Being elderly is no special reason to get subsidized care any more than is already the case with Medicare and where eligible, Medicaid. Most elderly are adequately well off. Obviously some are not, but Medicare Part B is a true bargain compared to commercial insurance and it covers a lot.I would not vote for any more subsidies for the elderly than exist presently.

      Government-subsidized outpatient clinics are generally established where the prevailing economic conditions make private practices non-viable as business enterprises. Driving down Medicare payments to the point where it no longer allows practices with a large Medicare census to continue in business, then replacing them with government-supported clinics with government-subsidized doctors seems to this taxpayer to be an incredibly wasteful, destructive and stupid idea. So I am sure it has some support at large.

    • Bob

      They have that. Its called the national health service corps.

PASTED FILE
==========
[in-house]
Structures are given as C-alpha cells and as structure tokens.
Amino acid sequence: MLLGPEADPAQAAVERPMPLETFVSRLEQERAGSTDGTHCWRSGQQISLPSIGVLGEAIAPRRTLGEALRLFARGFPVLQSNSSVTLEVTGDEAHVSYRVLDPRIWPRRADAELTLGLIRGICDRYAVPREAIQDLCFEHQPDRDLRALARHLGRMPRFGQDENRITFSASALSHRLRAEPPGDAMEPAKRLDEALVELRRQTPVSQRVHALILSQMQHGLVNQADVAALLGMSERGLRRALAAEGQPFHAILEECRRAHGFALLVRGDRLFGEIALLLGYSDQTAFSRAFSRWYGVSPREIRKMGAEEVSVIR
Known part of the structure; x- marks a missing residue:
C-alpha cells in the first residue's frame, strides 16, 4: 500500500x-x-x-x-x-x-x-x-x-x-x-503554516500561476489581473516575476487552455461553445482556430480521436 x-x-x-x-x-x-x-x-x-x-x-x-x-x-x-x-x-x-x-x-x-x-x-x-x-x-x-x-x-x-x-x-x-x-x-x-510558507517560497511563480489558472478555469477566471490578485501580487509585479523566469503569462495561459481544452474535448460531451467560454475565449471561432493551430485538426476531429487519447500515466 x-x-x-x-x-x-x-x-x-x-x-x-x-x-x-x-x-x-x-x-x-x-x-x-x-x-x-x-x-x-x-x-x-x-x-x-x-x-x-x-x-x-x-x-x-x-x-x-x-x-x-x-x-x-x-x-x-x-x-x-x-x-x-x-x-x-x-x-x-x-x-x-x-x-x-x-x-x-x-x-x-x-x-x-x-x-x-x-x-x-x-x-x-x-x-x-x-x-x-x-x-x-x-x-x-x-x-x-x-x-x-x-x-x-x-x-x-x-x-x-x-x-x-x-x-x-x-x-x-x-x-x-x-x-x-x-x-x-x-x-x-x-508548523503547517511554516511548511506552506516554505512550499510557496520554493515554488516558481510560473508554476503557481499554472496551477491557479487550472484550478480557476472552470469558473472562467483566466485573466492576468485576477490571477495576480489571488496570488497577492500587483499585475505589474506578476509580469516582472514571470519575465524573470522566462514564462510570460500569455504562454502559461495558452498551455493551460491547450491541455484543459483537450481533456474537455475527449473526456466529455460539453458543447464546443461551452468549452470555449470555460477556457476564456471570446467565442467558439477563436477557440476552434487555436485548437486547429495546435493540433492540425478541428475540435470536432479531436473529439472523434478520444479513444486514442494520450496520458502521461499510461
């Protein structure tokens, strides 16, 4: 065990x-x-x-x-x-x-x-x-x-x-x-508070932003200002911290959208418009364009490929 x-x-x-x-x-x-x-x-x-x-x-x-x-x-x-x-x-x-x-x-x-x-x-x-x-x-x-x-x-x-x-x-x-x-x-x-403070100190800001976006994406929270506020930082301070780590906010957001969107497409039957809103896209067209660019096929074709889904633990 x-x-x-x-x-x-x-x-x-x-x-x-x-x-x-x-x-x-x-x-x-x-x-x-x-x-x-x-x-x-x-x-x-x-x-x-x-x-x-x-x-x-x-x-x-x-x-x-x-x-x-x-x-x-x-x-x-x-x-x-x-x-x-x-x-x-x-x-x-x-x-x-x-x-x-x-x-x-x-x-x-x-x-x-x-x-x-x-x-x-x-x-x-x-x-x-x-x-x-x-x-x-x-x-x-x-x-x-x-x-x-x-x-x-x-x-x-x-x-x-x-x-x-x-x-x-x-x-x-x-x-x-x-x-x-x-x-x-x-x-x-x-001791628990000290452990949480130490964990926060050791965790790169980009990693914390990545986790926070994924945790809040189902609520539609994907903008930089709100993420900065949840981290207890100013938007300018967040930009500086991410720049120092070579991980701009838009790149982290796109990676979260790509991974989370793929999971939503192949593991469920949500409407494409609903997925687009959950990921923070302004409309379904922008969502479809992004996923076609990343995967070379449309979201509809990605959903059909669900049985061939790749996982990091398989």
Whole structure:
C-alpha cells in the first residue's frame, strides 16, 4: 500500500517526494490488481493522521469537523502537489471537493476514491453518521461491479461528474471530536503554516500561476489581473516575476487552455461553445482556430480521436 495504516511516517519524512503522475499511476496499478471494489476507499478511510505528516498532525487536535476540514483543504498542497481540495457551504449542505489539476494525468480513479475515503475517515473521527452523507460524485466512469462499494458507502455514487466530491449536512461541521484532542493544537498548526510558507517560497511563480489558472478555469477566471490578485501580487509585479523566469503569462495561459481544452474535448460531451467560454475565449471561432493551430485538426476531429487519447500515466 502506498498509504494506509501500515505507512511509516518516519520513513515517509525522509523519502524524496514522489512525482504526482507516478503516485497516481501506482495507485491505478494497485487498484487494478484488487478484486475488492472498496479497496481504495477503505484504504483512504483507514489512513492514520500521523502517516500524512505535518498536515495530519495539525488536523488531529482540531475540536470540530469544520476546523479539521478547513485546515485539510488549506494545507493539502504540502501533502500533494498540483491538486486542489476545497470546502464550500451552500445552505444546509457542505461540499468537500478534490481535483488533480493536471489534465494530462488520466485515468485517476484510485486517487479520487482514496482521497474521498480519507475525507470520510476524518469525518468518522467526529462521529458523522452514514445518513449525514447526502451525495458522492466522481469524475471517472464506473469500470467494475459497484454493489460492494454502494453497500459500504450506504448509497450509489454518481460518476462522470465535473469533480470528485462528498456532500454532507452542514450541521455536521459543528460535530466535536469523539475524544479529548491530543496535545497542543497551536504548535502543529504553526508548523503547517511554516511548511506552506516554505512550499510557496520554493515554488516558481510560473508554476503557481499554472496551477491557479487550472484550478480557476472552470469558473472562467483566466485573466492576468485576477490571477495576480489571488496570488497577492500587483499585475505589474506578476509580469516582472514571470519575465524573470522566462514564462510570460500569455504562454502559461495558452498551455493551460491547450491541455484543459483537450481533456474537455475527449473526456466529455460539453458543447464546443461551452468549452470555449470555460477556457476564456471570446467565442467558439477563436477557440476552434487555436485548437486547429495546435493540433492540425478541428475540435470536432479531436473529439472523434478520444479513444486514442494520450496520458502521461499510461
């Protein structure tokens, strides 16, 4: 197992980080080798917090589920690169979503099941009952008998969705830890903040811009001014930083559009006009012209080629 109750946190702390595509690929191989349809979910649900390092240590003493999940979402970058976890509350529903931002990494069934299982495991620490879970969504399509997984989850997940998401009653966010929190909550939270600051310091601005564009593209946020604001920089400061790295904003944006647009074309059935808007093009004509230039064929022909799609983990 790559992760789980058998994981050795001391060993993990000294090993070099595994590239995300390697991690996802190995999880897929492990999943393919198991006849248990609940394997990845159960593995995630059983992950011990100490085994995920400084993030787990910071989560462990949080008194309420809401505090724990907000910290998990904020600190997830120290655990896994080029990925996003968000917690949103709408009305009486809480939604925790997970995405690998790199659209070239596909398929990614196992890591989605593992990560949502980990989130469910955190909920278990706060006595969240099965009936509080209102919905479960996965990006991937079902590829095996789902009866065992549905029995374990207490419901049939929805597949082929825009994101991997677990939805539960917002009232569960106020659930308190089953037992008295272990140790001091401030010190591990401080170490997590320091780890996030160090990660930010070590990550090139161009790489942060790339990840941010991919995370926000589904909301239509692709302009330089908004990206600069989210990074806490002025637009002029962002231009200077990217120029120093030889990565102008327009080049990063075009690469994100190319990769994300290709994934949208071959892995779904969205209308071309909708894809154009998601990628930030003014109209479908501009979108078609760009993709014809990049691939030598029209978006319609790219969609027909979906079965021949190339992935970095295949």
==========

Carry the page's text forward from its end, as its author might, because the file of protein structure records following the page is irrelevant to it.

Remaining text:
Unilateral negotiations from a position of weakness is pandering and ultimately inaffective. Docs need to grow a set and confront those that do us professional harm, not try to appease and make friends.

  • Betsy Ross

    Thanks, Vox. I knew the military did it but I thought that commitment forced one to serve overseas. In general, I do agree with the basic premise that whatever the government gets involved in, goes sour pretty quickly.

  • Jivanmeyers

    tort reform and physician reimbursement are 2 entirely different issues. Hospitals are increasingly taking over physician practices and destroying the independence of physicians. The federal government’s further reduction of reimbursements will make it even more difficult for physicians to obtain fair compensation.